As I was on my way to pick up Lu from daycare on Friday I was listening to KQED, our local NPR affiliate. The story was about seventeen teenage girls, still in high school, who all became pregnant more or less at the same time. I thought it was outrageous and very sad. I thought "I should write something about it". My mom was 16 years old when she got pregnant, 17 when I was born. My dad was 23. They were kids, plain and simple. I am pretty sure they didn't have very good sex education in Chile in 1971, if any at all. My mom has told me many times that even as she was on her way to the hospital to deliver the baby (me) she had NO IDEA what was supposed to happen. She was pretty scared. And in those times nobody was allowed to go in with you. So when I hear that a) in the 21st century b) in a wealthy nation like the US c) girls are choosing to get pregnant and high-fiving each other when they succeed, I just want to scream at the top of my lungs. Maybe even slap those girls around a little (OK, maybe not that.) But how naive do you have to be? How ignorant? It is so very hard to raise a child even as a responsible adult with a job, I can't imagine how they are going to do a good job with their kids unless their families are right there with them every step of the way.
What is so awful about this news story is that the girls seem to have made a pact to get pregnant at the same time and raise their children together. Say what? And today there was an interview on GMA where one of the girls says there was no pact, that they decided to help each other after they were already pregnant.
My two favorite quotes of the interview:
Andrew Psalidas, the 20 year old father of the baby responds to the question "how is it possible that 17 girls are pregnant at the same time?" with "I would just guess to say that girls are just ... getting unlucky, maybe." OK, Andrew, I guess we know how your girlfriend got unlucky.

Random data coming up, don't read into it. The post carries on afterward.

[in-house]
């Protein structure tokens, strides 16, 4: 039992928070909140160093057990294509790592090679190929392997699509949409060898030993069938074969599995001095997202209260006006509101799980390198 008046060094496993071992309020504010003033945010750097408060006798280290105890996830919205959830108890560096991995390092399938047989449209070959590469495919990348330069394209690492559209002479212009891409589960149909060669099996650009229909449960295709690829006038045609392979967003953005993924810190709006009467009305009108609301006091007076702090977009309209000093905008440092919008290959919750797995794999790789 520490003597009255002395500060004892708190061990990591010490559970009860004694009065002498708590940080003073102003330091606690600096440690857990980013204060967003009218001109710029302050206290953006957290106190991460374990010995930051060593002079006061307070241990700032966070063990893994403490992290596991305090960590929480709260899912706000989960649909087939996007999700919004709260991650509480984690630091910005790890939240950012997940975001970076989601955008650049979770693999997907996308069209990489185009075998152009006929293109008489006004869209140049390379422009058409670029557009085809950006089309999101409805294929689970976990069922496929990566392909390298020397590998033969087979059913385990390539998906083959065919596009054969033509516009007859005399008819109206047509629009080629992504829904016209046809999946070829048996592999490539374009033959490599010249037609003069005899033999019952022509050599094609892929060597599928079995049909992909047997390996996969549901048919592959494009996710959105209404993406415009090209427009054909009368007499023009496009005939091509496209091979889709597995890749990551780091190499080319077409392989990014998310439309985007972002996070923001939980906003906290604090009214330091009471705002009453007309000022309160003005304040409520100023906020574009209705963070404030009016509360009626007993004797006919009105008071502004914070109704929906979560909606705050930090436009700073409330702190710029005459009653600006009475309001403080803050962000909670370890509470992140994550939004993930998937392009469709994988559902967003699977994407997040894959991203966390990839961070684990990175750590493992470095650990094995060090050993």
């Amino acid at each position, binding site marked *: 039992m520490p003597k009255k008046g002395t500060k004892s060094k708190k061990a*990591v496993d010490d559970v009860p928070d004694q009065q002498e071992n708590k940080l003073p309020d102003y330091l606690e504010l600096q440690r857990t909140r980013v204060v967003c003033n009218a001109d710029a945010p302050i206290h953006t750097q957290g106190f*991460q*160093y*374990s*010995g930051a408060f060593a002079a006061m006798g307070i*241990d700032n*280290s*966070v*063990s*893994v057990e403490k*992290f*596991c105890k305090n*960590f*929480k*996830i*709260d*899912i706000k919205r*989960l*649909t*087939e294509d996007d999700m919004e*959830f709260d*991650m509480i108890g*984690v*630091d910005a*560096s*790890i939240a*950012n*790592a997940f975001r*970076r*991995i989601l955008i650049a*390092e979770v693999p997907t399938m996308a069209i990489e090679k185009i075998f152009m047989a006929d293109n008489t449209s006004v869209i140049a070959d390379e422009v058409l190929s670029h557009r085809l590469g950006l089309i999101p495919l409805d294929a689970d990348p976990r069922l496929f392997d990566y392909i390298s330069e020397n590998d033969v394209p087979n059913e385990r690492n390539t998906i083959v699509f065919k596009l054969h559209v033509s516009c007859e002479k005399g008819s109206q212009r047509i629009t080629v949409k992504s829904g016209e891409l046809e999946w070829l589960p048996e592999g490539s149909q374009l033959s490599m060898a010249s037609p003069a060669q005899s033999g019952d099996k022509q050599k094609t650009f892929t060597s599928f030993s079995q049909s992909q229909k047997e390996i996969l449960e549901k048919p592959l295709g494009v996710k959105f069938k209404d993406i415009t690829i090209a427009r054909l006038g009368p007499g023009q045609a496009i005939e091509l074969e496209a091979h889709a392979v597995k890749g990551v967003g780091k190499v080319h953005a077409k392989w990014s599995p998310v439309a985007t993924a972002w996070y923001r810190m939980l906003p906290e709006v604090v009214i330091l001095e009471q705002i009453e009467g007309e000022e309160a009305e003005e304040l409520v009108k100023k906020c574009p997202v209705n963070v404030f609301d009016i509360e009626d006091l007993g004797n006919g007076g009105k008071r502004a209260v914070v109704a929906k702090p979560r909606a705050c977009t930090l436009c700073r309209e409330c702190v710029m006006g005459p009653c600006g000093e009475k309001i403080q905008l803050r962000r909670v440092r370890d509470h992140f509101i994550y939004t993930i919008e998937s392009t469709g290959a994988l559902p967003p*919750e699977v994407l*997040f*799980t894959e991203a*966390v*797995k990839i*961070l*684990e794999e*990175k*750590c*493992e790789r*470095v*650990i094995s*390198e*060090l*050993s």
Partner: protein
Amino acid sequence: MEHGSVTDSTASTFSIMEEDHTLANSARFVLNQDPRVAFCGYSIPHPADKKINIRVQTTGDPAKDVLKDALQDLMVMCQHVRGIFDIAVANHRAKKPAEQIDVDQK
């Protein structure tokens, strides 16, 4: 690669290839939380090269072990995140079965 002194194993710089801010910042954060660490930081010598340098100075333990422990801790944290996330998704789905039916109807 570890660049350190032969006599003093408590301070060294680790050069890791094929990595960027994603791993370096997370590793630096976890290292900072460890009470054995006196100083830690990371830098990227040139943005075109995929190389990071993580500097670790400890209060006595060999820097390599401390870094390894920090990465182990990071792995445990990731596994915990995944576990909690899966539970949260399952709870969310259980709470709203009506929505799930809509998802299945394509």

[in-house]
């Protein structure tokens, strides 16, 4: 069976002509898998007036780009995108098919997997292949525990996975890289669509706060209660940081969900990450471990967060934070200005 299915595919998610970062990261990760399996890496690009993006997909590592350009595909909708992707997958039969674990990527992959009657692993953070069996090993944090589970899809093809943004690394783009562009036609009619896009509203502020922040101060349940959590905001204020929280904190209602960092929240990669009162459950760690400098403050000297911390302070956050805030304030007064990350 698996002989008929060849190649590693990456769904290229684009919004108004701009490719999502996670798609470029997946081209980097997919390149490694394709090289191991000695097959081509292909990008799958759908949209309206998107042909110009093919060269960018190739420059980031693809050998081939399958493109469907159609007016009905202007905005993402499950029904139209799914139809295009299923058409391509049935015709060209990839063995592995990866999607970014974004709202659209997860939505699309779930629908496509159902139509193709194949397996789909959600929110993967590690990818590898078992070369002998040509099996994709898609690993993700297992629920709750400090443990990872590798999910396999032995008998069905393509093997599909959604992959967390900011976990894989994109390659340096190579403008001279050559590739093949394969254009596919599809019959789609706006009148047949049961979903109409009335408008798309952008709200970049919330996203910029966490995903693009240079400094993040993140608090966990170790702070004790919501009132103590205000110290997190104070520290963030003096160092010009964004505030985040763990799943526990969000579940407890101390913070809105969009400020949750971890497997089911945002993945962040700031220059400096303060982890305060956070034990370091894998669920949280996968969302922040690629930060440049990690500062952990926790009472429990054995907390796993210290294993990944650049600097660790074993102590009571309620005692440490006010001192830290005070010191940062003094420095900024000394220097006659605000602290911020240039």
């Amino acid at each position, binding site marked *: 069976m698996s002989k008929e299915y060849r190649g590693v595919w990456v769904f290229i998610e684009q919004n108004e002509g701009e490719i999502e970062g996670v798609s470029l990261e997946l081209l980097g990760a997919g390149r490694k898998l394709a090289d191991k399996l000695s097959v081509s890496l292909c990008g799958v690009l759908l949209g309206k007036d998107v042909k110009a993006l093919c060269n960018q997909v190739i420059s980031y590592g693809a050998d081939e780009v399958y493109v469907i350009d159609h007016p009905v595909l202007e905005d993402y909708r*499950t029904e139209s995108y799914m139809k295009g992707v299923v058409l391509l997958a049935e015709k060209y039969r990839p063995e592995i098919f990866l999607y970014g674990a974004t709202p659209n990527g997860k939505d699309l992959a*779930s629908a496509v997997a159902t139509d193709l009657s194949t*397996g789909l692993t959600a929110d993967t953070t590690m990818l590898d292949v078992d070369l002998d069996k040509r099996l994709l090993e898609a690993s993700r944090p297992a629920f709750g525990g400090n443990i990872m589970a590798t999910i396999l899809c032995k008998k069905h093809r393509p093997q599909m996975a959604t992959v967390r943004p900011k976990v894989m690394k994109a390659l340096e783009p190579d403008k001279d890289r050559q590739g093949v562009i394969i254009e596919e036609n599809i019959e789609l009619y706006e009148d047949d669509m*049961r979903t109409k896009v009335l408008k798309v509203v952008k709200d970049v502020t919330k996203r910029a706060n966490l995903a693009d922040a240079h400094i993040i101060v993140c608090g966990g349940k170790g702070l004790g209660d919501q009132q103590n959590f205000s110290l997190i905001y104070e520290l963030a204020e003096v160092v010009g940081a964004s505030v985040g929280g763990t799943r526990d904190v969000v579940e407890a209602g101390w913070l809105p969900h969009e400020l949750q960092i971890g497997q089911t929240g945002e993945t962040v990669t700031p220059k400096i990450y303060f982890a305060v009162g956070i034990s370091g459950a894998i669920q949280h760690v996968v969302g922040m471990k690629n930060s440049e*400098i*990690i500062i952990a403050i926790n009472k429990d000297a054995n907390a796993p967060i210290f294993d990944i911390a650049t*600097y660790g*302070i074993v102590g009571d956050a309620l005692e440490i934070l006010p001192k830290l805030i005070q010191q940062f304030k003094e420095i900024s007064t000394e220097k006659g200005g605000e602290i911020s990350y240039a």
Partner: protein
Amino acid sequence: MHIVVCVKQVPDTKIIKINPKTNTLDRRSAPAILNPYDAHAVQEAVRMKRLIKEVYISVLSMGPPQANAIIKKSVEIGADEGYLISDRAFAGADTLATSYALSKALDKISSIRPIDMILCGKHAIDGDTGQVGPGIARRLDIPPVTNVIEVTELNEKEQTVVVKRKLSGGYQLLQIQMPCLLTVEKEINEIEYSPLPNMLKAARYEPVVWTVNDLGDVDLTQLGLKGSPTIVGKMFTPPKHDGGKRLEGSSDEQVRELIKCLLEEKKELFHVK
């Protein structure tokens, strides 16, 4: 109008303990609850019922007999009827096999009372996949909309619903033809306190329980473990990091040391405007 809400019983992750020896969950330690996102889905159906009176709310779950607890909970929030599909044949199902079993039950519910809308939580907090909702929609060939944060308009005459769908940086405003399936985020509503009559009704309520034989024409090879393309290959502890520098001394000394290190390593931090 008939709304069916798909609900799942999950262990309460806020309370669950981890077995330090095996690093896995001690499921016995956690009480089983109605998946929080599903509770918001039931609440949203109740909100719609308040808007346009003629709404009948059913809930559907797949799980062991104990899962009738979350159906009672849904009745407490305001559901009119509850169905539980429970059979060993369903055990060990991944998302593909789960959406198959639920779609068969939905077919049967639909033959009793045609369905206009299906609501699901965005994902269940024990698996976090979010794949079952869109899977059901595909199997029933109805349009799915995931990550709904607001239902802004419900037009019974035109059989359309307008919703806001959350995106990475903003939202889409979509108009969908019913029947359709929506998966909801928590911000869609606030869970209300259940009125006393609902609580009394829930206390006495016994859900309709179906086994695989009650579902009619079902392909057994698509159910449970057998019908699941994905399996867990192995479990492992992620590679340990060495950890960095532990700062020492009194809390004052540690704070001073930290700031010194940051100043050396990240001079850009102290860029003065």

Lindsay Oliver, talking about the difficulties teens face in accessing contraception: "... and no kid wants to go into the store and buy them, or like, ask their mom to help them get birth control. Like, it's embarrassing" [emphasis mine.]
And I am not trying to mock these teens. I am just trying to illustrate a point: how can kids raise kids? The essence of being a teenager is to feel that you are the center of the universe, that "everything happens to me"; so how will they cope with the sleep deprivation? The constant crying, the diaper changing, the feedings? My fear is that they will be extremely impatient with their children and will resort to yelling and possibly spanking. Not that they will not love their kids, just that they might not know the best ways to deal with the stress of every day parenting. I adore my dad, but he is the least patient person in the world, also very bad at communicating his feelings. I grew up always afraid of having done something wrong, having made him mad, or worse yet, having disappointed him. And to this day, when I am almost 37, I struggle with those feelings of inadequacy.
And then there are all the sacrifices. My mom had to leave her journalism studies and was never able to go back. She tried, but having a full time job and two little girls AND no help from my dad simply made it impossible for her to complete her degree. This haunts her to this day. There are many jobs that she is more than qualified for but to which she can't even apply because she doesn't have a college degree. Things may be different here in the US, but it will not be easy for a teenage mom to build a life for herself and her kids.
Whatever the truth may be, is it not alarming that high school kids are having unprotected sex and getting pregnant? Sex education can help, but the parents hold the key. They have to be the ones willing to have those difficult conversations with their kids, to keep a dialogue going and to make themselves available so their kids will come to them for help, even when it is "like, embarrasing." I know that is what Lu deserves and what she will get from us.